I can't wait for the Jr High orchestra to start. It's been a half hour of watching parents and families file in. Some are in business suits. Some are in work duds. The majority are in jeans and tee shirts. Apparel aside, everyone looks mildly bored off their collective noggins and waiting for the program to start.
The kids in attendance are few and far between. They run a muck in the back of the gym while parents talk amongst themselves. School function-imposed banter is not my thing. I'm not a hermit and make every attempt to be polite. Sure, I'll smile and say my hellos like the next guy. Its my distaste for plastic smiles and attempts to one up other parents with their golden child's academic progress.
I would bet my Mozart CD collection that this parking lot has a bumper sticker that reads:
My Orchestra Child Can Outplay Your Orchestra Child.
There are probably stick figures involved, too. And maybe one of those half-smashed into the window baseballs.
I claim seats for the kids and myself. After I'm settled, I look around. I spot Jaina coming in from a side door. She's a blond head in a sea of white shirts and black trousers. She's surrounded by boys, of course, oblivious to the gravity of her smiles and giggles.
I wish she would stay this way forever. Or at least until she's 30. I want grandkids, just not this decade. I'm still happily scoffing at the AARP bulk mail in my postal box.
Jaina carries her violin proudly as she scans the seating section, offering her siblings a shy smile, and blushing only slightly when she sees me across the gym. I'm proud of her for playing the violin, just like my grandfather, and his father, and his father. Stringed instruments are in our blood. Guitars on my dad's side and violins on my mother's side. This reminds me of my sister. I should call her.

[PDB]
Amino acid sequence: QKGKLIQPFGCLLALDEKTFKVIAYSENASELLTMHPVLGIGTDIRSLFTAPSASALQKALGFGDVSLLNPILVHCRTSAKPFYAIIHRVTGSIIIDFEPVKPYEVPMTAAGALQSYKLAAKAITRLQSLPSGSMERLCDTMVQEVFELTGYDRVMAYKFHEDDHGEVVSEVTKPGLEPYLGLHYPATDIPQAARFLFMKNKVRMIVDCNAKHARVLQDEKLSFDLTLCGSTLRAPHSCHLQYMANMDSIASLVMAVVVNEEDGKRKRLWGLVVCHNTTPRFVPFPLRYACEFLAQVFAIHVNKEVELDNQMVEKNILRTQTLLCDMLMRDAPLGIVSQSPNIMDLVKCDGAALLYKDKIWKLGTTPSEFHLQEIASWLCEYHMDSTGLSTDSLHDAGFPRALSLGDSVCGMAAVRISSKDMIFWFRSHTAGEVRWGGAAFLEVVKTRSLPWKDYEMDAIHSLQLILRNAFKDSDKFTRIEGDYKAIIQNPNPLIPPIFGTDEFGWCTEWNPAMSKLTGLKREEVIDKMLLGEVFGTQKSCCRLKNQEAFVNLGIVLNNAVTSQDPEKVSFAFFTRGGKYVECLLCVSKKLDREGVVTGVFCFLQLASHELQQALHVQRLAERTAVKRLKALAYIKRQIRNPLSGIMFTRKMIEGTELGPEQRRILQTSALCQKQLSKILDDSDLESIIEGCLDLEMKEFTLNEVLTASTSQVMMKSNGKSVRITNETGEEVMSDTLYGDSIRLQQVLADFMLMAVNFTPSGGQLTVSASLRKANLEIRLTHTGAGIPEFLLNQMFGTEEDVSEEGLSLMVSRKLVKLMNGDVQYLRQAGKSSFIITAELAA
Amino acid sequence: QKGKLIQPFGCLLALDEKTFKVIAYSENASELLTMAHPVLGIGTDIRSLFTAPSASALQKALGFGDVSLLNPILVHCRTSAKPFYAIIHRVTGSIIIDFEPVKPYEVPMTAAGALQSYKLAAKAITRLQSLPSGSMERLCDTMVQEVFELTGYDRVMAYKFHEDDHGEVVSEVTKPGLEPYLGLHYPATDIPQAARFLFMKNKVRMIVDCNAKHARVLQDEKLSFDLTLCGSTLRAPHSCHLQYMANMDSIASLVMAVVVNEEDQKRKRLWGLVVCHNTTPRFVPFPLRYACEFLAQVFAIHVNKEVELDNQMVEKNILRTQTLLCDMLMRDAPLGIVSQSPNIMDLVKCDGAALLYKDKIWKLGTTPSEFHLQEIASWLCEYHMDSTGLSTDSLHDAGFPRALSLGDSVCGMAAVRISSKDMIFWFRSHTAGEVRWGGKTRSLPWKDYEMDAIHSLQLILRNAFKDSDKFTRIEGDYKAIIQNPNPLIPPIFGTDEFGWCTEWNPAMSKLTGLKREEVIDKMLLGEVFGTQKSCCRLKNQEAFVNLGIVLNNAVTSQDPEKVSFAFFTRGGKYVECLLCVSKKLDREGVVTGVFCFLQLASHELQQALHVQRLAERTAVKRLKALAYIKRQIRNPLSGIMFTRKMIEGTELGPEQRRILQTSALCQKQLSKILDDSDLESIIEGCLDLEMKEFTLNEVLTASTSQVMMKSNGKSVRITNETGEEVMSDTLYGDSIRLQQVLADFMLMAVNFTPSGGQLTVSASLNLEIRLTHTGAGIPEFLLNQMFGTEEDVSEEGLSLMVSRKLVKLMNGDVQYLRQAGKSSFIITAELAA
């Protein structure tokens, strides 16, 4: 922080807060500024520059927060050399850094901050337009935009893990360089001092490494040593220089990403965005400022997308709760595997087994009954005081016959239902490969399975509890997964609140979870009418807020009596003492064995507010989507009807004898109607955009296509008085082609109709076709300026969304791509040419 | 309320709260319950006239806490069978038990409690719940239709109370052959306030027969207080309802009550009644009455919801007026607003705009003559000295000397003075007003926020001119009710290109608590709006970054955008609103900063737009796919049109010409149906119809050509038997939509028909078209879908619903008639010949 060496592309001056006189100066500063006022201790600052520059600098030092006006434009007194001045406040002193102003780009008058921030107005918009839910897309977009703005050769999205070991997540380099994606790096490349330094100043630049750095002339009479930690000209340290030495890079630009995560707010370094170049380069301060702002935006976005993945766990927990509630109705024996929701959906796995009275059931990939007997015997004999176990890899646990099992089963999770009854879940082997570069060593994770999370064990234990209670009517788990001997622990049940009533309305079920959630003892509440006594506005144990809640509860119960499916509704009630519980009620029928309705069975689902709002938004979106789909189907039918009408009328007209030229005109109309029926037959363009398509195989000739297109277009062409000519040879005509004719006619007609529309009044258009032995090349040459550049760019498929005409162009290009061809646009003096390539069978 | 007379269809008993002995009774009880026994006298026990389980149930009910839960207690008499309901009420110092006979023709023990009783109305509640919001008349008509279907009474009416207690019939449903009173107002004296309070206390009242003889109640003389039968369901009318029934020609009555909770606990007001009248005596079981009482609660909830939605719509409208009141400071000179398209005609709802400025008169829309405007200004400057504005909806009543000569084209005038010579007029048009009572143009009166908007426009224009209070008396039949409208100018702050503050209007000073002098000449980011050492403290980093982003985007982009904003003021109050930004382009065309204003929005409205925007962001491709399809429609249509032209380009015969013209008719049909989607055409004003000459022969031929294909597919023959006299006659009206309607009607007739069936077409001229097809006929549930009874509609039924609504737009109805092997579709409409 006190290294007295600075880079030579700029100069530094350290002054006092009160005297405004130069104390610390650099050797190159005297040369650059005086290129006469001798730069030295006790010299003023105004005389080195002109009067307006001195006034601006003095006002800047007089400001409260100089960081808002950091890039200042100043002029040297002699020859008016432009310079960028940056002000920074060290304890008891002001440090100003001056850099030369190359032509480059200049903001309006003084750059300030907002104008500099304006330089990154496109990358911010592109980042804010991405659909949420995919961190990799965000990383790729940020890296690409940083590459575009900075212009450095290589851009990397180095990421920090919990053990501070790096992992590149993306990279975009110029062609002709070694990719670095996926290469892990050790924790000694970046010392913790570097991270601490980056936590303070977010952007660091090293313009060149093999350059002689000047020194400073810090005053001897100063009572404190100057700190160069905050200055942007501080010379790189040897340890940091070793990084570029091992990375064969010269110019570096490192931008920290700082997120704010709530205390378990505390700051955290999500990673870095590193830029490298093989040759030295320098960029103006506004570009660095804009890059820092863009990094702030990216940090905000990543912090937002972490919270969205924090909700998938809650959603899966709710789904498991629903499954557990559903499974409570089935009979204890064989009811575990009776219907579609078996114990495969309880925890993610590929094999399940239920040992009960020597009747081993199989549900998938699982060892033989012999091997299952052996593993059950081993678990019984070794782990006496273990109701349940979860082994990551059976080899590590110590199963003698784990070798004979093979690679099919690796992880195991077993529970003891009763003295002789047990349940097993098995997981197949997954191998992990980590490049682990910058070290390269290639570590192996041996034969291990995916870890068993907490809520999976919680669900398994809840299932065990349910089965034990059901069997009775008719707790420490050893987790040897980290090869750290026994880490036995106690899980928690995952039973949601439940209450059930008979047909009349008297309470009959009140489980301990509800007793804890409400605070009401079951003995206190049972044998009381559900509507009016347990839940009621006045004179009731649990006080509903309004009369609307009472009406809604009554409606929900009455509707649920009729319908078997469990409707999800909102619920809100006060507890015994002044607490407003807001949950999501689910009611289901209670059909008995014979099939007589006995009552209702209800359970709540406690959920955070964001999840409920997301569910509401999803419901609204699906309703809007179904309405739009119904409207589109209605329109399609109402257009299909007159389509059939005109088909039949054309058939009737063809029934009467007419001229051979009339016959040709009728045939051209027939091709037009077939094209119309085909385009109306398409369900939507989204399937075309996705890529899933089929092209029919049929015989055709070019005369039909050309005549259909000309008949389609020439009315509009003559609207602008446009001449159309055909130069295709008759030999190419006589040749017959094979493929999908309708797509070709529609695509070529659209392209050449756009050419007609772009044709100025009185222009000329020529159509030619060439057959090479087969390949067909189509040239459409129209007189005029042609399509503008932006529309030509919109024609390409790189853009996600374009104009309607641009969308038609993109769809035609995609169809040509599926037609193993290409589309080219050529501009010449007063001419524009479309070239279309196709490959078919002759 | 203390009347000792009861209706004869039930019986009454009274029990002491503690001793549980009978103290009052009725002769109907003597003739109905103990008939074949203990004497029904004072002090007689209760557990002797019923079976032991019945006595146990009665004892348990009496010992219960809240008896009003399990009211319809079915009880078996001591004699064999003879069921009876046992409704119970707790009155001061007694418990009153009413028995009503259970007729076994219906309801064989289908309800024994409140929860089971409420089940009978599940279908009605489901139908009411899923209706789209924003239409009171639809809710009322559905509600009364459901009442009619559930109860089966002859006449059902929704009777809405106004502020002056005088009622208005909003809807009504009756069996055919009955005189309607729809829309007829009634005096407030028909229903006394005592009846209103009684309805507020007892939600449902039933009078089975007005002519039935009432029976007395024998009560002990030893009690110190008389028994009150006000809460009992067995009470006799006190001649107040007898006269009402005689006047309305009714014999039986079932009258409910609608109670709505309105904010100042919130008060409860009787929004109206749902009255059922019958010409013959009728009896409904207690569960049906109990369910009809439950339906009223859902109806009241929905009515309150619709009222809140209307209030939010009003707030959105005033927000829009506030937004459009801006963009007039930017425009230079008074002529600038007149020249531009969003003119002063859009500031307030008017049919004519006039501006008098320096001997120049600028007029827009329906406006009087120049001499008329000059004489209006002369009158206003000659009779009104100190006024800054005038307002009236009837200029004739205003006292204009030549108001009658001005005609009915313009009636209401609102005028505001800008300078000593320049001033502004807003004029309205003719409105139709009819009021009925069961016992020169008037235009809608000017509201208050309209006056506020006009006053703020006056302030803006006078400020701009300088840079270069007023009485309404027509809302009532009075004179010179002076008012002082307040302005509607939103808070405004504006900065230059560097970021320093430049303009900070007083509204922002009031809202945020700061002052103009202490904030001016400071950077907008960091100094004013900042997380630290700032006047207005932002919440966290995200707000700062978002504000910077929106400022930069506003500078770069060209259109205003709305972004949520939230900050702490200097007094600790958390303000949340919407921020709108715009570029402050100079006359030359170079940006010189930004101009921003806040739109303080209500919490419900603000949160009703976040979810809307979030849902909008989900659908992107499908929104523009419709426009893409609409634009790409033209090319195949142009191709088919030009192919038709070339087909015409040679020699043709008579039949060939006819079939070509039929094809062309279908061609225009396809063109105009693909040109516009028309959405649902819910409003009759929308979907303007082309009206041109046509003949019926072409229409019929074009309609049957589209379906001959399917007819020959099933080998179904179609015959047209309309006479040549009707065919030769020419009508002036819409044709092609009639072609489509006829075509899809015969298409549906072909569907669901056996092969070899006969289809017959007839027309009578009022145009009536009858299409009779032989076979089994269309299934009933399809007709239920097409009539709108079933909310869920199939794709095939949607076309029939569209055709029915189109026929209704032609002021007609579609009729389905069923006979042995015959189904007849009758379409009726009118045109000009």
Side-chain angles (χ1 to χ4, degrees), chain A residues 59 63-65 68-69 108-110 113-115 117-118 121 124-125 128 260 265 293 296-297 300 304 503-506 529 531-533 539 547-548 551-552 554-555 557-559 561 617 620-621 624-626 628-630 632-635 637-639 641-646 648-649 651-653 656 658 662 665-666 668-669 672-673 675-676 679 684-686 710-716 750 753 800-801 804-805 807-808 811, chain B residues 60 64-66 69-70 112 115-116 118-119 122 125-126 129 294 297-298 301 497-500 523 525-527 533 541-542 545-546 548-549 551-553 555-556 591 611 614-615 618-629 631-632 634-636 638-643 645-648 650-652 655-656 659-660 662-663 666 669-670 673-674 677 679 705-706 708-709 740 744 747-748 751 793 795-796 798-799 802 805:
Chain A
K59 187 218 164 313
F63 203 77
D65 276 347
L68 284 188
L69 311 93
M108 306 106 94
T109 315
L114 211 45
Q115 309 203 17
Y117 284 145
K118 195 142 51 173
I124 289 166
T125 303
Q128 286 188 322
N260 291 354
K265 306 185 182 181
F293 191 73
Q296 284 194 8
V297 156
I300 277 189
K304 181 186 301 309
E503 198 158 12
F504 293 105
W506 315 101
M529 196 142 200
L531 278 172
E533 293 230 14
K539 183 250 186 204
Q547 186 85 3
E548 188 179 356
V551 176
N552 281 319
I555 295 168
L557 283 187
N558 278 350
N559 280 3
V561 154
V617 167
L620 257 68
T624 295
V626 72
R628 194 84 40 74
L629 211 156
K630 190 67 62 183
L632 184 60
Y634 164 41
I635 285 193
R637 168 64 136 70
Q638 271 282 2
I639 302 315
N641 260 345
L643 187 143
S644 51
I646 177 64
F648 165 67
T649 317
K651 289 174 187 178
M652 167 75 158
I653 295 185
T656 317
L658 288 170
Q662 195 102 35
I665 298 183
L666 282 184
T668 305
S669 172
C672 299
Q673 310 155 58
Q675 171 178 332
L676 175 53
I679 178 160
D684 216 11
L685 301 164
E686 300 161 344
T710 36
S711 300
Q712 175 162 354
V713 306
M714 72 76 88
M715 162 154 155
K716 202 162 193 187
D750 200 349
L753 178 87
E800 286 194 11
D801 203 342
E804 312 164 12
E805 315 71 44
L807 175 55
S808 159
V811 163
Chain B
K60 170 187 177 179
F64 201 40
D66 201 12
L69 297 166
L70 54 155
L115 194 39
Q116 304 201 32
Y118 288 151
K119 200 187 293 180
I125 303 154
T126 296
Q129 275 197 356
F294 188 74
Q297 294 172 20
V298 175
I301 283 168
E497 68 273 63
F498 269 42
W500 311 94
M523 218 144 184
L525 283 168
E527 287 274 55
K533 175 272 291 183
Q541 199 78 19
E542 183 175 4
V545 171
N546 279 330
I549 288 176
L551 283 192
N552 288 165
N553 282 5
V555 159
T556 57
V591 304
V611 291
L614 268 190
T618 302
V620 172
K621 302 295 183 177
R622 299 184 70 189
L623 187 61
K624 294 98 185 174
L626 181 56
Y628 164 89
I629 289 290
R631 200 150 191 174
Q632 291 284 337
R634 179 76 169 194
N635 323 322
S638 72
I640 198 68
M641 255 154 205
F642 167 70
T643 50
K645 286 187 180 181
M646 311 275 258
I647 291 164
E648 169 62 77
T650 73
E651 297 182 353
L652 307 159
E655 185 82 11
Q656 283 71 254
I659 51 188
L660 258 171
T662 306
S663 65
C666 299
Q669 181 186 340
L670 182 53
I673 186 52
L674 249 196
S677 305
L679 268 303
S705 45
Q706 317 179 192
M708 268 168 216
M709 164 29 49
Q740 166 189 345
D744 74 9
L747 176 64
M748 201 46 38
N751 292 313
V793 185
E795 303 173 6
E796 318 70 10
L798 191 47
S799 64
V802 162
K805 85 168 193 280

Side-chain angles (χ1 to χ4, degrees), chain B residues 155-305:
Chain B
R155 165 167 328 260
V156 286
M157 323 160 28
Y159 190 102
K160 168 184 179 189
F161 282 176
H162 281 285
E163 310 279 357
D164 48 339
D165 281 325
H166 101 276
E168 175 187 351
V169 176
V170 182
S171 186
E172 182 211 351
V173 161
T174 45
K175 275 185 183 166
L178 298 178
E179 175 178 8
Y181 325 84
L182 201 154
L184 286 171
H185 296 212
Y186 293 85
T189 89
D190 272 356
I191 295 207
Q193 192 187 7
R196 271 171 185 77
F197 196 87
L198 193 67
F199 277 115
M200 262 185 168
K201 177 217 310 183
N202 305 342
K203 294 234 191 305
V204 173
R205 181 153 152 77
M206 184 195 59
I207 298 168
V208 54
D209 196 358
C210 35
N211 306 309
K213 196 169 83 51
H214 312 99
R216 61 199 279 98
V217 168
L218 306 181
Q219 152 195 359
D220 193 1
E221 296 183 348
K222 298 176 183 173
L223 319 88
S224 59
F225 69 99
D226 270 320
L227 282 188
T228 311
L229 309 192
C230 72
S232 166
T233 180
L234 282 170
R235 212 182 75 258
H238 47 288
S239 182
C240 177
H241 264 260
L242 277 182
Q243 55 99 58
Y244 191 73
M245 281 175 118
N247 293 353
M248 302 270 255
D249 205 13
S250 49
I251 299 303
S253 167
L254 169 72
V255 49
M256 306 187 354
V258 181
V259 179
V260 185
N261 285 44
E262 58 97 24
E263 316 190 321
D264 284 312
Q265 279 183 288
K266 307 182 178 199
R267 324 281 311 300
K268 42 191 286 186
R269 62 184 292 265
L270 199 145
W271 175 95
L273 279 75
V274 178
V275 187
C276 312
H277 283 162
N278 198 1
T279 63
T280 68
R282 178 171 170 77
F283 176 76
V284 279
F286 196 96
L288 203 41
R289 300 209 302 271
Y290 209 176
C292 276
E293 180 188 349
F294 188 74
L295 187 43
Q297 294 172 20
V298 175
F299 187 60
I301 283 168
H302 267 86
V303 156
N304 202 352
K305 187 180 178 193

Shushing and hovering over the kids is easy when I'm standing across the isle from them. I get comfortable with my back against the wall. The kids are restless. I'm under the distinct impression that Max, Zus, and Lolo have taken bets on who can wiggle most often and create the most amount of noise while everyone is finding seating.
If you want to call caterwauling "noise".
I look to my right and left. Why? Because people are so darn fascinating and it's entertaining. Entertaining as my shallowness in making gross conjectures about their lives and judging them for my assumptions to stave off boredom.
Its fun. You should try it.
I'm checking out the bass section now. Or are they cellos? Or violas? I always forget and make a mental note to google it. Not knowing stuff like that irritates me. Why? I haven't a clue. I'm sure Jaina would know because she's been in the orchestra all year. She's a googler like me.
Now I realize it's time for the parental units along the wall to do the "who has the coolest camera with the biggest, most expensive lens."
I lose. I don't care.
And don't think I'm shallow because I know you're comparing cameras, too. That's what crosses the mind of every parental unit gone pseudo-photog.
I make a mental note to check prices for cameras while I'm googling cello-viola-bass thingies. I'm sure my little 8 MP camera with a 5x lens is child's play and I need an upgrade. It's about two years old.
Two technology and camera years equates to an antique. Kinda like dog years, except technology years boil down to months.
Even Lolo's camera is a technological antique but it was far cheaper than mine but a much better resolution. Her camera we bought for her birthday in February just this year. To add insult to pictorial injury: It's hot pink, can survive a 5000 foot drop into a volcano, and it has prozac-smile Barbies on it.
My camera is so uncool.
The conductor brings me back to the present and I unglaze my eyeballs. The auditorium begins to quiet. I can hear the tap-tap-tap of his wand. I hear giggle snorts and am giving my kids the hairy eyeball. They somehow manage to continue their loud wiggle chair disco. The wiggle chair disco now looks more like a full-on rain dance and howling songs around a campfire.